Monday, November 26, 2007

Ibn al-Arabi

The Self is without attributes or qualities
It is one without the the quality of oneness
It is many without the attribute of multiplicity

By Itself the Self seeks Itself
By Itself the Self realises Itself
By Itself the Self adores Itself

There is no other
and there is no existence for any other than the Self.
There is no existence save Its existence.

Self and world are one and the same
Revile not the world
for you are the world.

Your actions are not your actions,
they are the actions of the world.
Your thoughts are not your thoughts
they are the thoughts of the world.
Your self is not your self
but the Self of the World

Withersoever thou turnest
thou seest the face of thyself.
Nothing that seems to perish perishes,
for all things appear only in the face of the
Imperishable Self.

You are unborn and deathless,
You gave birth to birth itself,
and you are the death of death itself

Know thyself and thou knowest God.

Inspired by a reading of Ibn al-Arabi

Thursday, November 22, 2007


"[Iris] Murdoch's ethical vision was based upon a concept which she, after Simone Weil, called attention. Attention, Murdoch proposed, is an especially vigilant kind of looking. When we exercise a care of attention towards a person, we note their gestures, their tones of voice, their facial expressions, their turns of phrase and thought. In this way, by interpreting these signs, we proceed an important distance towards understanding the hopes, wishes and needs of that person. This attention, Murdoch noted, is the most basic and indispensable form of moral work. It is effortful, but its rewards are immense. For this attention, she memorably wrote, 'teaches us how real things can be looked at and loved without being seized and used, without being appropriated into the greedy organism of the self'. Murdoch's ideal of attention, of a compelling particularity of vision, obtains to landscapes as well as to people. It is harder to dispose of anything, or to act selfishly towards it, once one has paid attention to its details. This is an environmentalist's truth, as well as a humanist's."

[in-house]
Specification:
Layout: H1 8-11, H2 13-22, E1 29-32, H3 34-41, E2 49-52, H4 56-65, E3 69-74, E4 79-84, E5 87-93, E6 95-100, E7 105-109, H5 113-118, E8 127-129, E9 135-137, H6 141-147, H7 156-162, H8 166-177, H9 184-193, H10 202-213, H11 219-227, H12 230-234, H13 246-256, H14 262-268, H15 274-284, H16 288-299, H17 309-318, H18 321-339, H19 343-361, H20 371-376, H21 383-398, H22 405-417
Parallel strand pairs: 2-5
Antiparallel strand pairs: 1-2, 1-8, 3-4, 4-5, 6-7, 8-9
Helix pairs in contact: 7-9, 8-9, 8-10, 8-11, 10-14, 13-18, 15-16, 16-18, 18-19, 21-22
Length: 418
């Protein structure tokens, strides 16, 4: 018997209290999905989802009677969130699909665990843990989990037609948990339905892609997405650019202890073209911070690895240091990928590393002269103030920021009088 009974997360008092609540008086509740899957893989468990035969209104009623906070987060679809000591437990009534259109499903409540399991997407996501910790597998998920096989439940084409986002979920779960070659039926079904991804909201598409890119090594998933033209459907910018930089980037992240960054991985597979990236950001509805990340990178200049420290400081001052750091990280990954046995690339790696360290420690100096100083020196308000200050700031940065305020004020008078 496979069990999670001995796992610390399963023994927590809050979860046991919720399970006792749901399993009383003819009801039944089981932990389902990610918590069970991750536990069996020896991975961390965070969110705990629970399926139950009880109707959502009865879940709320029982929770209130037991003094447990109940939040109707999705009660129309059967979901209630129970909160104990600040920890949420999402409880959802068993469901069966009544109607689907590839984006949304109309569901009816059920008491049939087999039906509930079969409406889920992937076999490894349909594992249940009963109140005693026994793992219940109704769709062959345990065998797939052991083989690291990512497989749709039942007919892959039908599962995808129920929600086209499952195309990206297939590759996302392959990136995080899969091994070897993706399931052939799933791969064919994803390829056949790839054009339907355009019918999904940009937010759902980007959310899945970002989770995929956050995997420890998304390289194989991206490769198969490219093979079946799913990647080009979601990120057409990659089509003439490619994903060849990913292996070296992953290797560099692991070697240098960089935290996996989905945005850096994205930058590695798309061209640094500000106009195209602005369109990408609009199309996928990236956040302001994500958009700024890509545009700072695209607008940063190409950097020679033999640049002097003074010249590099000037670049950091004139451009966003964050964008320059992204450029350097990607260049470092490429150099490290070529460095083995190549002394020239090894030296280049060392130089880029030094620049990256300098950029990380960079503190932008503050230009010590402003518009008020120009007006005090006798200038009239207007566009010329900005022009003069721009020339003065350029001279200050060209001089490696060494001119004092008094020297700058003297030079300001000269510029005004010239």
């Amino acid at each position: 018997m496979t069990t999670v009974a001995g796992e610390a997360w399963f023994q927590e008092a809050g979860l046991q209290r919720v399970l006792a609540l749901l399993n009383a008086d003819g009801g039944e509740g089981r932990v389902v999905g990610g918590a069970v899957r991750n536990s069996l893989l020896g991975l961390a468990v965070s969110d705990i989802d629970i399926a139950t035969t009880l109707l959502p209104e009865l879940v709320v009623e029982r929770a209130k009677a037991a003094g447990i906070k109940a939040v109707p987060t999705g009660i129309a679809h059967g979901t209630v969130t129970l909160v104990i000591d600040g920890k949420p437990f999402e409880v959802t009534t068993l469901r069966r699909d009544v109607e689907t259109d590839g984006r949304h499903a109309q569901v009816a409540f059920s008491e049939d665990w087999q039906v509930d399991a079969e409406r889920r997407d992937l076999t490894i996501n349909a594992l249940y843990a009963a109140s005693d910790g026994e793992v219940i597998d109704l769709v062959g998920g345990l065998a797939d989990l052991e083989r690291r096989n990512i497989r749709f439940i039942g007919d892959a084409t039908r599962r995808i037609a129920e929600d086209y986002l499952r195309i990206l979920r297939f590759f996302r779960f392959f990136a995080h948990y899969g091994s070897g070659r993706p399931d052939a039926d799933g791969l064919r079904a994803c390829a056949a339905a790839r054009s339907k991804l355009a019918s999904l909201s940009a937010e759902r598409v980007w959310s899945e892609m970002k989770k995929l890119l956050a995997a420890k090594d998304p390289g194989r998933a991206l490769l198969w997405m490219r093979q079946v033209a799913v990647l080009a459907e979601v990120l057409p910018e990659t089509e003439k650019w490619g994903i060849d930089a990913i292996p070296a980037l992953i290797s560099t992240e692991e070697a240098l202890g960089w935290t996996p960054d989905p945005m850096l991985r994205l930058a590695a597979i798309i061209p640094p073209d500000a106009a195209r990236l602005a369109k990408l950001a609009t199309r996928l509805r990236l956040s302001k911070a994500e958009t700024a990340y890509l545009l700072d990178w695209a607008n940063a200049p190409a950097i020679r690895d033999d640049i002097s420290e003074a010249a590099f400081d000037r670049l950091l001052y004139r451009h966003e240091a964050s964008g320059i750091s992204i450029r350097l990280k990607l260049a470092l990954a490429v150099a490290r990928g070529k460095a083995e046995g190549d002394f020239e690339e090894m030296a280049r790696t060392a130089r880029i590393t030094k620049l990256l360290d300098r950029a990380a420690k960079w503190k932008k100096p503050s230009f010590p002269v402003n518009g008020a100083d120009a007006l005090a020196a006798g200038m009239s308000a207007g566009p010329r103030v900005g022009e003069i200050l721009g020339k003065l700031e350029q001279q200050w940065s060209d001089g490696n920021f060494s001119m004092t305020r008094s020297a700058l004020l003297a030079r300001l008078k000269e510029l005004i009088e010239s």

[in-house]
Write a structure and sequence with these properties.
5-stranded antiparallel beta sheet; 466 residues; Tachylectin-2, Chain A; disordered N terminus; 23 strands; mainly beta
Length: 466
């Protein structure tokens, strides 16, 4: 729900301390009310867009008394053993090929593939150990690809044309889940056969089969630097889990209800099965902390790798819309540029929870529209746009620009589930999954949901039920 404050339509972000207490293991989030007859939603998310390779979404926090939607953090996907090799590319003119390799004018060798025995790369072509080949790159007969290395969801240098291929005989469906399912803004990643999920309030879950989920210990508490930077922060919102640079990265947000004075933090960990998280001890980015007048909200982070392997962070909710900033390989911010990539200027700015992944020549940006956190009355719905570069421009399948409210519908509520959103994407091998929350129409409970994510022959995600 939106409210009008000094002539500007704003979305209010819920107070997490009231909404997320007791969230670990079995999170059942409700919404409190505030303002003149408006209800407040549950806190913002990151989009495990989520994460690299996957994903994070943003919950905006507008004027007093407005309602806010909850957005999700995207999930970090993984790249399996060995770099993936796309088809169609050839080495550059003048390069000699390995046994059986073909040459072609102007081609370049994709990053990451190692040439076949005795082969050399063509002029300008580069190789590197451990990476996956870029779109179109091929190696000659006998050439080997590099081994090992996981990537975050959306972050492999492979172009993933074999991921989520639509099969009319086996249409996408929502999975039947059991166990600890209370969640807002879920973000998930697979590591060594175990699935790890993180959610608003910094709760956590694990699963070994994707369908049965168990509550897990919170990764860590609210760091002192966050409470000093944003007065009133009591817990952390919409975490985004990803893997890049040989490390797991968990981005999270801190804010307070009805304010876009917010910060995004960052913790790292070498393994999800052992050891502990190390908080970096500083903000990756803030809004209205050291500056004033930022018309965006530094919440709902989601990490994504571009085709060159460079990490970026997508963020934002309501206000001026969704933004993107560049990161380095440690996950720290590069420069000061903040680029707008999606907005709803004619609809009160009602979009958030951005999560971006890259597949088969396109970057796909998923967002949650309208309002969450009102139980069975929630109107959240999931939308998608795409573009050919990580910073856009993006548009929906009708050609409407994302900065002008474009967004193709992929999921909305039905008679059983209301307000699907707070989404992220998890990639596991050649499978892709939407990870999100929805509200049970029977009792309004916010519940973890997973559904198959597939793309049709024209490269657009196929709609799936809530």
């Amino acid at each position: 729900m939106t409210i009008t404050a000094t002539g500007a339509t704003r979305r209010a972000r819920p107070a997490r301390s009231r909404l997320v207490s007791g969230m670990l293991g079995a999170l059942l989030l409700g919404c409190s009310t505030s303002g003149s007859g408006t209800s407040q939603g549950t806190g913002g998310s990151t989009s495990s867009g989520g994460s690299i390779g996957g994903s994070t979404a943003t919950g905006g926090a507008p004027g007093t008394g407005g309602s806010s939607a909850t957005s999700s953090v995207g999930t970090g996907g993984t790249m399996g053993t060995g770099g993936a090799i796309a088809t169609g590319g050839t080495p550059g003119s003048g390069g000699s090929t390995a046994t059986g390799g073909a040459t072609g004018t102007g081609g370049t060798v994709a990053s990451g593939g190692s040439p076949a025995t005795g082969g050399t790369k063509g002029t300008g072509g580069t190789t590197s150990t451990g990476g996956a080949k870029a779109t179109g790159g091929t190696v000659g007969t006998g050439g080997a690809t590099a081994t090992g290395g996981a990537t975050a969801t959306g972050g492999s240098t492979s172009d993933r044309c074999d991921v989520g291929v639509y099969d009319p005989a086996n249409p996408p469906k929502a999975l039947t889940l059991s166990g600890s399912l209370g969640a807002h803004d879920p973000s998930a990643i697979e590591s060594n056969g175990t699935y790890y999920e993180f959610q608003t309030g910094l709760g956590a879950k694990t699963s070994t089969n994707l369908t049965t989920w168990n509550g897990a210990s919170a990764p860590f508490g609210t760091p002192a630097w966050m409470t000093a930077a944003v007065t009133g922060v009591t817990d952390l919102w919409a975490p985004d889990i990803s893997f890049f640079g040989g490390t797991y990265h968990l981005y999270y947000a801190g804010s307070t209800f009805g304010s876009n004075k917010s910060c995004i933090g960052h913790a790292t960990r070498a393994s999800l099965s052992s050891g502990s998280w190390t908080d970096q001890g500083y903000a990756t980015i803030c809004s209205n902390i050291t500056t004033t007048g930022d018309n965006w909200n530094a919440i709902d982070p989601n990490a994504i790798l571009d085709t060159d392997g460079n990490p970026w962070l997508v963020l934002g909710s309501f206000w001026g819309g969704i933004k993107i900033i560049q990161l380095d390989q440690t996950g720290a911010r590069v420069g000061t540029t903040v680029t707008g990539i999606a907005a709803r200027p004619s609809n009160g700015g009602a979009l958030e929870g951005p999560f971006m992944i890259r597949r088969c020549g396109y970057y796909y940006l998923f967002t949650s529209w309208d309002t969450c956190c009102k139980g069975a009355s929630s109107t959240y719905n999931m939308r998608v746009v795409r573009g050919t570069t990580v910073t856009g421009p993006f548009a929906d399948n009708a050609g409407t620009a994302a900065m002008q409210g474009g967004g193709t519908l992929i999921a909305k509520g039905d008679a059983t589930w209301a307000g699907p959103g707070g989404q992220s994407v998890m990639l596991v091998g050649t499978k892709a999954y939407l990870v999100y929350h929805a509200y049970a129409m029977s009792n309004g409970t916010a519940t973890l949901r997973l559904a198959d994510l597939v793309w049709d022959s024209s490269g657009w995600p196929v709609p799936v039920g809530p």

- Robert Macfarlane
Paying attention is, in itself a moral act. The purest form of attention is to attend to the Self beyond ego and conditioning.
In Indian philosophy this capacity is called Chitta, and is considered one of the three most important aspects of the supreme Self: Sat (truth) Chit (attention, awareness) and Anand (joy). Chitta is intrinsic to Selfhood.
One of the negatives of consumerist society is that the attention is continually being dragged away from the Self, towards objects of consumption. Western society prides itself in being a theatre for self-actualisation, but in many respects it is becoming increasingly destructive to the pure attention without which Self-realisation is impossible.